When you arrive at Glenbarr Abbey and enter the front door, its impressive stone staircase, with iron Gothic style banisters, lit by a magnificent perpendicular-traced window, rises to the first floor. The Medieval chimney piece, on the ground floor, incorporates three timber panes of Gothic tracery of Medieval origin. The grand dining room, has a large gray marble trimmed chimney piece and large dining table set with antique china (Sevre?). Family portraits grace the walls and a 19th Century harmonium sits by the door, still in perfect working order. Angus’s Grandmother, Edith brought it with her on her marriage in 1901, as she delighted in playing it.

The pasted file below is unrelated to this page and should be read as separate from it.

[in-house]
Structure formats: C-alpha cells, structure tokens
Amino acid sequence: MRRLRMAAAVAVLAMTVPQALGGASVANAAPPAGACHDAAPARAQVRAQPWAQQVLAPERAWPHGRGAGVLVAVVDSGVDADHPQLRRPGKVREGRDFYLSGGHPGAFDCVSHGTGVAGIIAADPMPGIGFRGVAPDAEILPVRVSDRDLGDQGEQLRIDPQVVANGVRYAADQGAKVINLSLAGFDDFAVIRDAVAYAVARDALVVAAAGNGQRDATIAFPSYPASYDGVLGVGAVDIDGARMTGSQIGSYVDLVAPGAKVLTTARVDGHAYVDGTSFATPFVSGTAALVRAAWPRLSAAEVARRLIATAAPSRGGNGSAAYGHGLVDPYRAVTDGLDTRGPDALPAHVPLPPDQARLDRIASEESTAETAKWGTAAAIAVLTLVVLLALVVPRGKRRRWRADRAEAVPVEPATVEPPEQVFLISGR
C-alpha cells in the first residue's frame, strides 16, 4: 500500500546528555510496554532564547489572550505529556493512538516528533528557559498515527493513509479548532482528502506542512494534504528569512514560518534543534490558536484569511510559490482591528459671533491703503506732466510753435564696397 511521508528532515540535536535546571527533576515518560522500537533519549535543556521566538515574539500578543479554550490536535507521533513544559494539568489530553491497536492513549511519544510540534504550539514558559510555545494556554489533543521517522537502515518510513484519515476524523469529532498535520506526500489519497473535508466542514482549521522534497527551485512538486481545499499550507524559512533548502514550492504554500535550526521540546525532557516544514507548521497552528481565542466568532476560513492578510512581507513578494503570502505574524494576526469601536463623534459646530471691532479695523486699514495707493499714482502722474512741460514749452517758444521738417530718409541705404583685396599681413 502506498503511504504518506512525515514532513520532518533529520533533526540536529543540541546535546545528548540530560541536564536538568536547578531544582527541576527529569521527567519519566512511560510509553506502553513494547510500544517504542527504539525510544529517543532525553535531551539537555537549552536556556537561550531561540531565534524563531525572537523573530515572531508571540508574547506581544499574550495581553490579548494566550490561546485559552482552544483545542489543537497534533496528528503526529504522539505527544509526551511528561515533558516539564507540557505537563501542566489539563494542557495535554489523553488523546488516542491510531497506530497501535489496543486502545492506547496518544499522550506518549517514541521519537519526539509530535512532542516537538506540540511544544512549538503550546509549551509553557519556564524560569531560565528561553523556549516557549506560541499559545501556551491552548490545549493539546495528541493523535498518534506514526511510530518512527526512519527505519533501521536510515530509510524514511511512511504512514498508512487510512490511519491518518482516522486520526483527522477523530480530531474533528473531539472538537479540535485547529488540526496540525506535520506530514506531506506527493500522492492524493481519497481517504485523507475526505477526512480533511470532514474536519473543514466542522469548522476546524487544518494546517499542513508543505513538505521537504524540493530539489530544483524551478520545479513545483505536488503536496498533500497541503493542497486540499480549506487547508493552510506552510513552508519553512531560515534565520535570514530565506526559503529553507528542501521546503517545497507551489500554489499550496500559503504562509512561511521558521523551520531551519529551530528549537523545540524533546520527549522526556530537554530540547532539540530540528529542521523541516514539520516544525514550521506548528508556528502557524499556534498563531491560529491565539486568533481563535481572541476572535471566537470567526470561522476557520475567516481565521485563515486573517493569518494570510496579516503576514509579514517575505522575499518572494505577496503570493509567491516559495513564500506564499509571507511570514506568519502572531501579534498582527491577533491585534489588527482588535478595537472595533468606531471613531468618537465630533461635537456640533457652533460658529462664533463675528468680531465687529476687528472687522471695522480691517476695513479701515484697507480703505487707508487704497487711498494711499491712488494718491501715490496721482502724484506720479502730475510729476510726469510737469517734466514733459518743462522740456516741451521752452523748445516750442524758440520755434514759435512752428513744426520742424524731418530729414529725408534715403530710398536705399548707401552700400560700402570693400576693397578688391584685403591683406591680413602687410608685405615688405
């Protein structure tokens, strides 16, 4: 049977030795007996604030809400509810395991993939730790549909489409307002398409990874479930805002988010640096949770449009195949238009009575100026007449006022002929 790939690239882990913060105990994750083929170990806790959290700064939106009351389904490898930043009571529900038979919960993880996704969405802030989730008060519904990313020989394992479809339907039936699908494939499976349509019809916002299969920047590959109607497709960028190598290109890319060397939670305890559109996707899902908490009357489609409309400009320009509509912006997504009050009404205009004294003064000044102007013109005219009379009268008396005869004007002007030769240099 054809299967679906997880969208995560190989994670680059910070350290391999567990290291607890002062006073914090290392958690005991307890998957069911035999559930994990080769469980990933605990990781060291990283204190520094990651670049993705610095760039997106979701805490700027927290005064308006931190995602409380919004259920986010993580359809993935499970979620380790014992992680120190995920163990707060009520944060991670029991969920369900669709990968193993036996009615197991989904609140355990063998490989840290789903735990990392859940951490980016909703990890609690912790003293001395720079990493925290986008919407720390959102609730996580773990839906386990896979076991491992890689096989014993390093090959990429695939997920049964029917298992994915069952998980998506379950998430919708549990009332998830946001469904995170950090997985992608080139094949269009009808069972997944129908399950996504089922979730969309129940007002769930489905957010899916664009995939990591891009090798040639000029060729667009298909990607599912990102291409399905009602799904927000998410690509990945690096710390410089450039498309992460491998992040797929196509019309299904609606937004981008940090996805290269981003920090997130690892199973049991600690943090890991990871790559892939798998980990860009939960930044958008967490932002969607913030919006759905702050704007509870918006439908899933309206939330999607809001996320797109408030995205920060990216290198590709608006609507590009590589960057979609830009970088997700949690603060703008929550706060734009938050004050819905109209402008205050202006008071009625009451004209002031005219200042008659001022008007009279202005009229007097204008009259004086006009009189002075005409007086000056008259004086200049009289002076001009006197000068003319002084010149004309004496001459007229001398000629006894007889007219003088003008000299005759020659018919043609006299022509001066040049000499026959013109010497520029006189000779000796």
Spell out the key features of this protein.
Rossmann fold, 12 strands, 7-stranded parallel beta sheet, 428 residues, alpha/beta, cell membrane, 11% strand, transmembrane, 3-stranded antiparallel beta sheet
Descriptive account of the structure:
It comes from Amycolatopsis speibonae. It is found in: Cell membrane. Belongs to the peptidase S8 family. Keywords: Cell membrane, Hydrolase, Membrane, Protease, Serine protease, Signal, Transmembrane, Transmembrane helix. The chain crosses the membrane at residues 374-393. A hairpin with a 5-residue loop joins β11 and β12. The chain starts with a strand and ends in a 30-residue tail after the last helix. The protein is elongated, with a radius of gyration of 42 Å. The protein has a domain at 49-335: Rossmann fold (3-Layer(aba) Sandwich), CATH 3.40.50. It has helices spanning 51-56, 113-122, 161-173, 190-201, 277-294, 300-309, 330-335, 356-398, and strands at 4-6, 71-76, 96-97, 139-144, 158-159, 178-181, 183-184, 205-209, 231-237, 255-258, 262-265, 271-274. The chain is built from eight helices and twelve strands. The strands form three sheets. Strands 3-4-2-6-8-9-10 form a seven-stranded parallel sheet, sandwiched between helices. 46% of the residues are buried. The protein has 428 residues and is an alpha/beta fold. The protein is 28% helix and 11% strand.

Ascending the staircase one enters the first floor drawing room, which has an imposing white marble chimney piece and contains several built-in and free standing glass cases displaying generations of Macalister family china; naval and regimental uniforms; items collected by seafaring ancestors, from their travels to India, China, Penang, Australia and North America. Personal family items in other rooms includes Lady Jeanne's 1000+ piece thimble collection and award winning quilt squares. Found items, from the attic, include clothes, antique toys, hatpins, shoe hooks, old silver dresser sets and all the items that Victorian ladies used to prepare for the day.